Hexagonal boron nitride (h-BN) is believed to offer better passivation to metallic surfaces than graphene owing to its insulating nature, which facilitates blocking the flow of electrons, thereby preventing the occurrence of galvanic reactions. Nevertheless, this may not be the case when an h-BN-protected material is exposed to aqueous environments. In this work, we analyzed the stability of mono and multilayer h-BN stacks exposed to H2O2 and atmospheric conditions. Our experiments revealed that monolayer h-BN is as inefficient as graphene as a protective coating when exposed to H2O2. Multilayer h-BN offered a good degree of protection. Monolayer h-BN was found to be ineffective in an air atmosphere as well. Even a 10–15 layers-thick h-BN stack could not completely protect the surface of the metal under consideration. By combining Auger electron spectroscopy and secondary ion mass spectrometry techniques, we observed that oxygen could diffuse through the grain boundaries of the h-BN stack to reach the metallic substrate. Fortunately, because of the diffusive nature of the process, the oxidized area did not increase with time once a saturated state was reached. This makes multilayer (not monolayer) h-BN a suitable long-term oxidation barrier. Oxygen infiltration could not be observed by X-ray photoelectron spectroscopy. This technique cannot assess the chemical composition of the deeper layers of a material. Hence, the previous reports, which relied on XPS to analyze the passivating properties of h-BN and graphene, may have ignored some important subsurface phenomena. The results obtained in this study provide new insights into the passivating properties of mono and multilayer h-BN in aqueous media and the degradation kinetics of h-BN-coated metals exposed to an air environment.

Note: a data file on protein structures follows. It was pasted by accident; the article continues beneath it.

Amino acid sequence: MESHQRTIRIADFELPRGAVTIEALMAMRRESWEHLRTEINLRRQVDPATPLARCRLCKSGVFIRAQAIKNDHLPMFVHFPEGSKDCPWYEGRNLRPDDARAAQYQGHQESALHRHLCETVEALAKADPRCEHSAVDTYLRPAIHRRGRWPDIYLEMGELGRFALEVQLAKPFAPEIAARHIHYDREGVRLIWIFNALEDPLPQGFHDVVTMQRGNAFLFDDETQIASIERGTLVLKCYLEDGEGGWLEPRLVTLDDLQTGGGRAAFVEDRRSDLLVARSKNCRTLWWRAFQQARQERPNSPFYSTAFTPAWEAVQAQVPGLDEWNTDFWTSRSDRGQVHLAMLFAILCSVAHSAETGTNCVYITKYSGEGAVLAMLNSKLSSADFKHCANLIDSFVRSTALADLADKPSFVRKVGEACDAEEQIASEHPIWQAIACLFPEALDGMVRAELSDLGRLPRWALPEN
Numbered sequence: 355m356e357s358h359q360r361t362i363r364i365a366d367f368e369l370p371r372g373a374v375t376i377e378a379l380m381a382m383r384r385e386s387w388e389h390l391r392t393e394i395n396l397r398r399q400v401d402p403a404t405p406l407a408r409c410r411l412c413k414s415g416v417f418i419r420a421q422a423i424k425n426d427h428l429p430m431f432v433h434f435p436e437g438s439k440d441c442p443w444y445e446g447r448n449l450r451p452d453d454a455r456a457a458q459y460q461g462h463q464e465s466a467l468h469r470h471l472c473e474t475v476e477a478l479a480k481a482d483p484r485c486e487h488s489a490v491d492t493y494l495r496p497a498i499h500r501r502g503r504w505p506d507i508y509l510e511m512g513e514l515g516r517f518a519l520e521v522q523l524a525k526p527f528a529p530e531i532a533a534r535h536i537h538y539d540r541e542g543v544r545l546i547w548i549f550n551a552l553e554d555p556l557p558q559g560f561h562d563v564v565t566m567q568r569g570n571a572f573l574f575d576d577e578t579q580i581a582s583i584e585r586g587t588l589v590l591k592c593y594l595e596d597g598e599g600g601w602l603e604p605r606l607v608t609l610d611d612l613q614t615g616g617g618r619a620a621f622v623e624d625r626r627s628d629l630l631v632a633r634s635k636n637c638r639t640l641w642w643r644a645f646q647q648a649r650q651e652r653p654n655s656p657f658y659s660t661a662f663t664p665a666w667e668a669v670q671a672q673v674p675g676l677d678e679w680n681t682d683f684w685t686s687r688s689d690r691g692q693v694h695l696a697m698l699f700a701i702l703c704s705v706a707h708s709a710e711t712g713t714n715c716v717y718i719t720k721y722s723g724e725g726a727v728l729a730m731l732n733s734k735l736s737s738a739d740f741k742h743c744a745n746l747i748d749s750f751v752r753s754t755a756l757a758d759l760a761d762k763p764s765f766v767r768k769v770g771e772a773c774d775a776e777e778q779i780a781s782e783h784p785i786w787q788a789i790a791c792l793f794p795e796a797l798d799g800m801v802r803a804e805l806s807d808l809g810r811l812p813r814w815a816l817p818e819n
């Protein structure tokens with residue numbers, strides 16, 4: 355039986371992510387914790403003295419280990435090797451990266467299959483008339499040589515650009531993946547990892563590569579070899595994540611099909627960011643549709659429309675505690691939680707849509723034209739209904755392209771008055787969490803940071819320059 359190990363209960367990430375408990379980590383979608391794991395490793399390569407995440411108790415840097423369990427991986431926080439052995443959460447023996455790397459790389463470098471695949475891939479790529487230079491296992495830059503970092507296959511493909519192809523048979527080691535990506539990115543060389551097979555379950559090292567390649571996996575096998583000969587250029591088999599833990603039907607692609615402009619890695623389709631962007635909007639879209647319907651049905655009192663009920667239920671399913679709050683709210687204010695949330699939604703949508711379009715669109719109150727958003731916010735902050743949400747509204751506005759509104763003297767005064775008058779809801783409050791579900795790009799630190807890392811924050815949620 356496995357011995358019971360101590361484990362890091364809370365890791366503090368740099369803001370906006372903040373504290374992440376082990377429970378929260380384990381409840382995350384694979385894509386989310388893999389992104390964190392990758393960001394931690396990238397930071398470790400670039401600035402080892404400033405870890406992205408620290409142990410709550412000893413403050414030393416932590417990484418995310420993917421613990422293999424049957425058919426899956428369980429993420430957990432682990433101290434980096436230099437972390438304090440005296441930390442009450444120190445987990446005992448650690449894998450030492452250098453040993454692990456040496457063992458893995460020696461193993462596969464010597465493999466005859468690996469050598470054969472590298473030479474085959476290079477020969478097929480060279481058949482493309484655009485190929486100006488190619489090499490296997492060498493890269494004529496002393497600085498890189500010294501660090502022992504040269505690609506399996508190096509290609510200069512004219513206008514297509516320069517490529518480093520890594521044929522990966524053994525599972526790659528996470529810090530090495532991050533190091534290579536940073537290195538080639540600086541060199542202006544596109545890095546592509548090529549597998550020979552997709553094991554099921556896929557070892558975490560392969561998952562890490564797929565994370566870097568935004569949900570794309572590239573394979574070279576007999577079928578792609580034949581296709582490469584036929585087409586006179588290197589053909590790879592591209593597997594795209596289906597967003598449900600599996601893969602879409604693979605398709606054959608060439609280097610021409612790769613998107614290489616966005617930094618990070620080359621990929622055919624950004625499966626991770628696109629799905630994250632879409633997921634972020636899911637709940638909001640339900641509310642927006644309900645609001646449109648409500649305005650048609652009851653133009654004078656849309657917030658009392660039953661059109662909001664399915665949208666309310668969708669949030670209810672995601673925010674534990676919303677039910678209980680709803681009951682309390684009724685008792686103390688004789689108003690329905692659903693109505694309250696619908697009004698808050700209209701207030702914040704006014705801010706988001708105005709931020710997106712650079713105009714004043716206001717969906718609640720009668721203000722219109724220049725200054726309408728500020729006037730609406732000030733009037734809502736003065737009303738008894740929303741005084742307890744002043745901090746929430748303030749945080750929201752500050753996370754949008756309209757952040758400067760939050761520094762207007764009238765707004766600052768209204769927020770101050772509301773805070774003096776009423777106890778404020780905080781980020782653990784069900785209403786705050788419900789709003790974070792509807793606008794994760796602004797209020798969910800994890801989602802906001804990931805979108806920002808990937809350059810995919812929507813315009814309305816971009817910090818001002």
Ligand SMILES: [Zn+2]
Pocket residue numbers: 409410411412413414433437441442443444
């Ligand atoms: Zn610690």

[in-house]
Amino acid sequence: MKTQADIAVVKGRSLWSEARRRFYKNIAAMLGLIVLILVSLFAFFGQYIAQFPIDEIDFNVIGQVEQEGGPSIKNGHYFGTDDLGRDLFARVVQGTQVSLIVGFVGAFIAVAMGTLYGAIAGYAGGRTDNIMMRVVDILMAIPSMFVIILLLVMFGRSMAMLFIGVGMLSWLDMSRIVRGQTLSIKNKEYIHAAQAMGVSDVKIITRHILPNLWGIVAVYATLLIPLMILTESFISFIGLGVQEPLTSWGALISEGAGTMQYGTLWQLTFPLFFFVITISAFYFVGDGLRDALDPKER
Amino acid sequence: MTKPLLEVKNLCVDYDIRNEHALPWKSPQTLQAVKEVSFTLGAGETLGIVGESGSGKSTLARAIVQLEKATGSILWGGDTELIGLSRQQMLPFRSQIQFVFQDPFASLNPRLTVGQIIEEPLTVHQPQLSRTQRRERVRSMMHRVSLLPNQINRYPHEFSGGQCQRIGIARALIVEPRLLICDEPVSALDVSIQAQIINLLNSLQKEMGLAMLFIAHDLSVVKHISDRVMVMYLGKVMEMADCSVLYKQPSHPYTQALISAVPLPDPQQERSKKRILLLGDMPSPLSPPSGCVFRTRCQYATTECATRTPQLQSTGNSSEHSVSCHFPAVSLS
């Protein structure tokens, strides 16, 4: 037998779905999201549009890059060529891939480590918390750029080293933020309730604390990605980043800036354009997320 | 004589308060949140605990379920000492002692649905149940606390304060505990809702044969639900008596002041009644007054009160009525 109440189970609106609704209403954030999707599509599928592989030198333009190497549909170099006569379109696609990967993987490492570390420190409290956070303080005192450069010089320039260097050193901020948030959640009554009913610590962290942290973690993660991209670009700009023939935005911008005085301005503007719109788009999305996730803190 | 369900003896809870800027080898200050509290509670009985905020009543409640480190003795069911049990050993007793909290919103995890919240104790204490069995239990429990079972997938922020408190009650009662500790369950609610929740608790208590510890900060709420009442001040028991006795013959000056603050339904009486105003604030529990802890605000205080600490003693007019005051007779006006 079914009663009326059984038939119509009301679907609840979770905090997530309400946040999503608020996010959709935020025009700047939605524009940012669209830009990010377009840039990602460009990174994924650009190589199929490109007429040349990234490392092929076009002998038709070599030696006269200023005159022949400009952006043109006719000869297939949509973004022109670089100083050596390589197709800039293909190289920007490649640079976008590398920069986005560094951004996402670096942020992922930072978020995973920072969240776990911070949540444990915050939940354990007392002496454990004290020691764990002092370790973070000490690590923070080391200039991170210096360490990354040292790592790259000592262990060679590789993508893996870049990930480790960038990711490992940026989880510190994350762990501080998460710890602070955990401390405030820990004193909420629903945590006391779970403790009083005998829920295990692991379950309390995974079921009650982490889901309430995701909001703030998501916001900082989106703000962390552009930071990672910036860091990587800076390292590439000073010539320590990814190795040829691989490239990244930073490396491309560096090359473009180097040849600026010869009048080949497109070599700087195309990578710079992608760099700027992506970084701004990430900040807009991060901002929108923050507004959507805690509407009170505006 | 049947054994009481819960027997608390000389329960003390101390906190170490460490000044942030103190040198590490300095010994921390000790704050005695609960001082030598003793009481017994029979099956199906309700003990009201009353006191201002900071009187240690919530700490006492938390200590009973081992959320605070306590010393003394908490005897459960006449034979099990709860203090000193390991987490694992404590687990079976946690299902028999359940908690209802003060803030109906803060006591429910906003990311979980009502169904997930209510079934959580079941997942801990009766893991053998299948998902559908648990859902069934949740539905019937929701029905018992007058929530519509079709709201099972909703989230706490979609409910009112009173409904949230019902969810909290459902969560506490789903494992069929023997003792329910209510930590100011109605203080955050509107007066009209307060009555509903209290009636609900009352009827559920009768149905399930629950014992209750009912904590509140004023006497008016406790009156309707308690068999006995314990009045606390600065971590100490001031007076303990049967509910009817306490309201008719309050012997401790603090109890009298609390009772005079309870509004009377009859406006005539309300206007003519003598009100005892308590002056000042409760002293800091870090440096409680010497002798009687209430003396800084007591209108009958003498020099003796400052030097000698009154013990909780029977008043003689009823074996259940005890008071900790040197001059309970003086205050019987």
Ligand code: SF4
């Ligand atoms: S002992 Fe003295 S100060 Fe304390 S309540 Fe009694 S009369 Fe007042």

- Materials Science(all)
- Electrical and Electronic Engineering